The 2019 Plastics Recycling Conference will open with a highly anticipated session bringing virgin plastics manufacturers to the stage to discuss their work pushing for circular economy solutions for polymers.
Participating on the panel will be Jon Timbers, senior manager of innovation and sustainability at Americas Styrenics (AmSty). AmSty last year signed an offtake agreement with Agilyx, which breaks down scrap polystyrene into styrene monomers. Those monomers can then be used to make new plastic.
AmSty also recently signed a letter of intent to form a joint venture with Agilyx, deepening its involvement with the chemical recycling technology.
Why should conference attendees make sure to hear your presentation during the opening plenary?
The plastics industry is changing, and the future looks nothing like what we’ve seen before. Come hear my talk to learn about what the changes are on the horizon.
How is Americas Styrenics doing business with the recycling industry?
AmSty is engaged with recycling on many fronts. Our ultimate goal is to work with recyclers to collect and convert post-consumer plastics back into products completely indistinguishable from virgin products. In the short term, since feedstocks made from post-consumer plastics are not readily available, we engage with the recycling industry to help increase collection. AmSty has also been heavily involved with the Foam Recycling Coalition over the past four years to provide recycling infrastructure grants in areas where foodservice product recycling can be improved.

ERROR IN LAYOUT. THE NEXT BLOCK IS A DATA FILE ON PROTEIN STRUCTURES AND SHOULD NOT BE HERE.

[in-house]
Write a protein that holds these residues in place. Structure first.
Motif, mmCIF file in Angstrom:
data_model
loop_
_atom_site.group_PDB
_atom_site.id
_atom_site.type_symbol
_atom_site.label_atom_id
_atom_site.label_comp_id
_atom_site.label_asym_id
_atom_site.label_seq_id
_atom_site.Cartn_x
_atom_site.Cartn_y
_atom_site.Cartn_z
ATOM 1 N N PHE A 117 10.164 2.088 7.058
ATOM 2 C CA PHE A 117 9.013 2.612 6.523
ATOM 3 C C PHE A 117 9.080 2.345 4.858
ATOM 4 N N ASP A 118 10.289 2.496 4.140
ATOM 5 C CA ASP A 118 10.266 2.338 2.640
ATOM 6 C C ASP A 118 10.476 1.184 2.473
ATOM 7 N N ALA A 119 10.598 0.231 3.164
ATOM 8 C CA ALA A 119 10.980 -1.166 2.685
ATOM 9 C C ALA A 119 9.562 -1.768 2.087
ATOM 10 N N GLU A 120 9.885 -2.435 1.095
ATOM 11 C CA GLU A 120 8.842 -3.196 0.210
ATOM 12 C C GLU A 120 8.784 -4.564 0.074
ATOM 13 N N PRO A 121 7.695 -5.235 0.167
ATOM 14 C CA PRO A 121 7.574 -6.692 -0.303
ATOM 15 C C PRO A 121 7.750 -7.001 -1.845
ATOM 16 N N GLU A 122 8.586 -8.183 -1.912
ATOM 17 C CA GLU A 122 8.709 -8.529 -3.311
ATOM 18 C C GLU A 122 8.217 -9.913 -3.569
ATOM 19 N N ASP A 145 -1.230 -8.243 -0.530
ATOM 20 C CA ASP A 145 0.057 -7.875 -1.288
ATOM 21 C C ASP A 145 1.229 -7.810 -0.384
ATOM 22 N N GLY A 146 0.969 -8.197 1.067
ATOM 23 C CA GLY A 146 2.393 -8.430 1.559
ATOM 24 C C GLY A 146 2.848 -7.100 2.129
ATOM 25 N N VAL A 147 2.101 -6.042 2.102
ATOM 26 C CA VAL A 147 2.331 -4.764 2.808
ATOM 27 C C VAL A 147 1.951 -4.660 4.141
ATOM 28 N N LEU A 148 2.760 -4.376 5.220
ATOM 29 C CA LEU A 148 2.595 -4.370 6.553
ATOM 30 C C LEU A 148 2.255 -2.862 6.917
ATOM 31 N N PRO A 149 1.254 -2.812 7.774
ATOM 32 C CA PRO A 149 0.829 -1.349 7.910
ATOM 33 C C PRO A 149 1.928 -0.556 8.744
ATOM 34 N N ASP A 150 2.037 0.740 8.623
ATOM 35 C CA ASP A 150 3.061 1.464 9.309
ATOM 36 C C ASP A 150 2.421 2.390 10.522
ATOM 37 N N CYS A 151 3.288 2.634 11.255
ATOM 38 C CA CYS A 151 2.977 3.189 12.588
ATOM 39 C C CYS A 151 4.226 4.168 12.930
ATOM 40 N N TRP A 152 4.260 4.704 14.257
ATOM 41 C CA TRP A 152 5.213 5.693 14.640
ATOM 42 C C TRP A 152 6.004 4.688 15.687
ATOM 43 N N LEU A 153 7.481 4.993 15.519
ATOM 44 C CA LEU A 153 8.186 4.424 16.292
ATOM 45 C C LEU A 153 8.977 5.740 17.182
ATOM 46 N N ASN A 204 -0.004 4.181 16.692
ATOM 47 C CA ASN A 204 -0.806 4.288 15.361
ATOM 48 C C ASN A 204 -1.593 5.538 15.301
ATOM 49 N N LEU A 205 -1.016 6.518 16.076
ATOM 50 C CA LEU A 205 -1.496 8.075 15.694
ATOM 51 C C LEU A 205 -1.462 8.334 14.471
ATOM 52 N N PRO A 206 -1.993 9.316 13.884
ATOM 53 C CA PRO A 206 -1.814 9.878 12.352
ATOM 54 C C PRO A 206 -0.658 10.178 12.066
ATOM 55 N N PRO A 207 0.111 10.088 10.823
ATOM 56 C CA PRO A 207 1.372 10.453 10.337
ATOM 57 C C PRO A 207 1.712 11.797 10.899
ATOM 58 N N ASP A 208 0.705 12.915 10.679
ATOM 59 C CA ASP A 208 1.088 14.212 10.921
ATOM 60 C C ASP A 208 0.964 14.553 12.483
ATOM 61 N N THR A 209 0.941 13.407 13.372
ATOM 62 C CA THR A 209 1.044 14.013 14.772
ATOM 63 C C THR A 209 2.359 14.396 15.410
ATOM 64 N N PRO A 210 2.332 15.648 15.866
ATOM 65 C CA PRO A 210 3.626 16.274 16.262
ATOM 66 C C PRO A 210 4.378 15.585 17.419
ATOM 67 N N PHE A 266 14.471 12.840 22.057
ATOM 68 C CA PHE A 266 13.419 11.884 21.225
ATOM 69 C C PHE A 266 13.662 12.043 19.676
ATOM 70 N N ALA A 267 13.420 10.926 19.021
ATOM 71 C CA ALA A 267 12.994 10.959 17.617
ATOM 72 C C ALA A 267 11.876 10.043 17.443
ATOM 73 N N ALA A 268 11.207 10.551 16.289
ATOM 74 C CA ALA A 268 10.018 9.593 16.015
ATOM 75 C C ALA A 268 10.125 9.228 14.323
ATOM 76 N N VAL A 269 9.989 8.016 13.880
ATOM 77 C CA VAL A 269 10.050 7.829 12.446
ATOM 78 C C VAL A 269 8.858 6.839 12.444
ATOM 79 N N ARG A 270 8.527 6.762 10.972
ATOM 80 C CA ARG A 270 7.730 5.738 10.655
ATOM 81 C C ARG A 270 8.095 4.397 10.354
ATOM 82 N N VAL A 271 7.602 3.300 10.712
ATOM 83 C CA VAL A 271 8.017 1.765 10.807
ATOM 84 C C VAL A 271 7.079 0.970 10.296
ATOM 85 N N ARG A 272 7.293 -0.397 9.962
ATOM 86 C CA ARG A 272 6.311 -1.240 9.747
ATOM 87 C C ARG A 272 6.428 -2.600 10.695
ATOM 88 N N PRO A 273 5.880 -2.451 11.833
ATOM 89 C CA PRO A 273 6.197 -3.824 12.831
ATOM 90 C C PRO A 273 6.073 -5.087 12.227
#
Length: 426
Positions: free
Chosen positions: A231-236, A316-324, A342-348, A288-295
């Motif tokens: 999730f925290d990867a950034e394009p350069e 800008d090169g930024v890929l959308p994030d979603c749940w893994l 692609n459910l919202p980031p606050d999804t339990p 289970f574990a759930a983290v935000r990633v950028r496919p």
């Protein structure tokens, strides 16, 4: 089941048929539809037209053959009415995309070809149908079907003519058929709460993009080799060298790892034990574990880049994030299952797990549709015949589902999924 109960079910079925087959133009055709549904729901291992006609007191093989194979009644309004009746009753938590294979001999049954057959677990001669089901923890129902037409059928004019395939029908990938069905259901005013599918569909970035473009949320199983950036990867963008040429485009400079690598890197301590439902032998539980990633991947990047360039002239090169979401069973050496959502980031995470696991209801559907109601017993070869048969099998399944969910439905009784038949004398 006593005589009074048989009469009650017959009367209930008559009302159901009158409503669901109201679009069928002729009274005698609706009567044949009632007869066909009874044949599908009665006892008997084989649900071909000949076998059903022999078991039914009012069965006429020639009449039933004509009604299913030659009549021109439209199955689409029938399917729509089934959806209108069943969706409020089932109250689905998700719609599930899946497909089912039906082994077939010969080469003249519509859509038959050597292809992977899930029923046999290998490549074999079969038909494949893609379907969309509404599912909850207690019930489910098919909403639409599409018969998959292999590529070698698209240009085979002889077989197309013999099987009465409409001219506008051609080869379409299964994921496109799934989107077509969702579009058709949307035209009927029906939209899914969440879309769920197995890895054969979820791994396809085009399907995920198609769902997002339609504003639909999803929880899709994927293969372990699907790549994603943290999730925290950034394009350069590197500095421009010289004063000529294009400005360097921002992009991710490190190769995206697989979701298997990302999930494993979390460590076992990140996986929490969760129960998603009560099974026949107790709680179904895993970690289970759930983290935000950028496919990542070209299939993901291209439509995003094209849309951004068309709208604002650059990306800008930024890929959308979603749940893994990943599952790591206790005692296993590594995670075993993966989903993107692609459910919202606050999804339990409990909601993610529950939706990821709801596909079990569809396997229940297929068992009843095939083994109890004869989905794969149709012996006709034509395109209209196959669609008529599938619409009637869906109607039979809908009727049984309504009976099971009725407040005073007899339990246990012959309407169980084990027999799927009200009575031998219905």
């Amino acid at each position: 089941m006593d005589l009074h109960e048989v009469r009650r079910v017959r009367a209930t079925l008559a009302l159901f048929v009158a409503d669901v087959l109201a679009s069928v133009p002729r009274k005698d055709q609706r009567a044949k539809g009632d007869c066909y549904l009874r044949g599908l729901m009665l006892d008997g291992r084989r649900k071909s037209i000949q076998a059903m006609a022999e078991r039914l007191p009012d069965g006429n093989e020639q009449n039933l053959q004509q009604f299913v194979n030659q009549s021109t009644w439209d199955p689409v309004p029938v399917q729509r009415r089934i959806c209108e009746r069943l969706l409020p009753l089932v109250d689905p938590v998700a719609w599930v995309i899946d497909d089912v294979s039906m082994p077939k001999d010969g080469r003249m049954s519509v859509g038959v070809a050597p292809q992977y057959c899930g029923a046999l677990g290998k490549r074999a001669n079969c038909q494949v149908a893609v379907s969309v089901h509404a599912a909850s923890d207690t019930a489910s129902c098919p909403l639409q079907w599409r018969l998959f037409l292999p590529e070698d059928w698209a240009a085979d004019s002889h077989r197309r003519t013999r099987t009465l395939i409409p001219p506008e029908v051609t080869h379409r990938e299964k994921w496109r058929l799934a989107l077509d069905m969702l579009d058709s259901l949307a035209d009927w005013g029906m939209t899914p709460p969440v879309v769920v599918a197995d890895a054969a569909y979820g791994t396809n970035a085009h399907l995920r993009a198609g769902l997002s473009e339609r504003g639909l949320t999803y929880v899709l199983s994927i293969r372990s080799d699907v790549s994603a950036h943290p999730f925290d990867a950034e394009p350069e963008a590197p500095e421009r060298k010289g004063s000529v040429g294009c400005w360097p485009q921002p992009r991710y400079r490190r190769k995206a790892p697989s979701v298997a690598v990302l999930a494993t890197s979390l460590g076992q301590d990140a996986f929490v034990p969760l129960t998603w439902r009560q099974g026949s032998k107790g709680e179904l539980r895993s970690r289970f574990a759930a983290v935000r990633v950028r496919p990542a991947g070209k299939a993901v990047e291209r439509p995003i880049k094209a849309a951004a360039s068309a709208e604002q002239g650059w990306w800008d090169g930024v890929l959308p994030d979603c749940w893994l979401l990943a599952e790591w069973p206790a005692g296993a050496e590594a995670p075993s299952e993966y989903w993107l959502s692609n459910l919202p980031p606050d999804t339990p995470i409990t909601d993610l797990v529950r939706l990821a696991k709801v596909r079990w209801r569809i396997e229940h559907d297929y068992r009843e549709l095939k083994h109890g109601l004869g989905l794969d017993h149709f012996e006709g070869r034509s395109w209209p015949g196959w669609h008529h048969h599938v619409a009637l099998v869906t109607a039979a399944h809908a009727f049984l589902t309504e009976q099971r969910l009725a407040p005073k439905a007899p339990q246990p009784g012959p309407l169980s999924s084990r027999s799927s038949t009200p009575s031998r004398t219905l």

“Our ultimate goal is to work with recyclers to collect and convert post-consumer plastics back into products completely indistinguishable from virgin products.”
Could you tell us a little more about AmSty’s deal with Agilyx, a pyrolysis company that is producing styrene monomers?
This technology is a game-changer in polystyrene recycling, and we feel like we have expertise in manufacturing technology that will help bring this technology to scale quicker if we work with Agilyx as joint venture partners.
What is driving virgin plastics producers’ recent embrace of recycling?
I would say that virgin plastics producers have embraced recycling for many years, although there does seem to be a heightened interest in collaboration between producers and recyclers. In the simplest terms, our customers are demanding more. Companies today are in tune with their consumers’ needs unlike ever before. Plastics producers are no exception.
What are you hoping to personally get out of the upcoming Plastics Recycling Conference?
The best takeaway from a conference is when you make a connection that accelerates you towards taking actions you never even imagined. So that’s what I’m hoping for at this conference.
Timbers will be speaking on the opening plenary titled “Prime Plastic’s Circular Strategies,” to be held 8:30-10 a.m. on Tuesday, March 12. Joining him will be Ted Harris from Total Petrochemicals and representatives from LyondellBasell and other plastics stakeholders. See more details at the Plastics Recycling Conference website.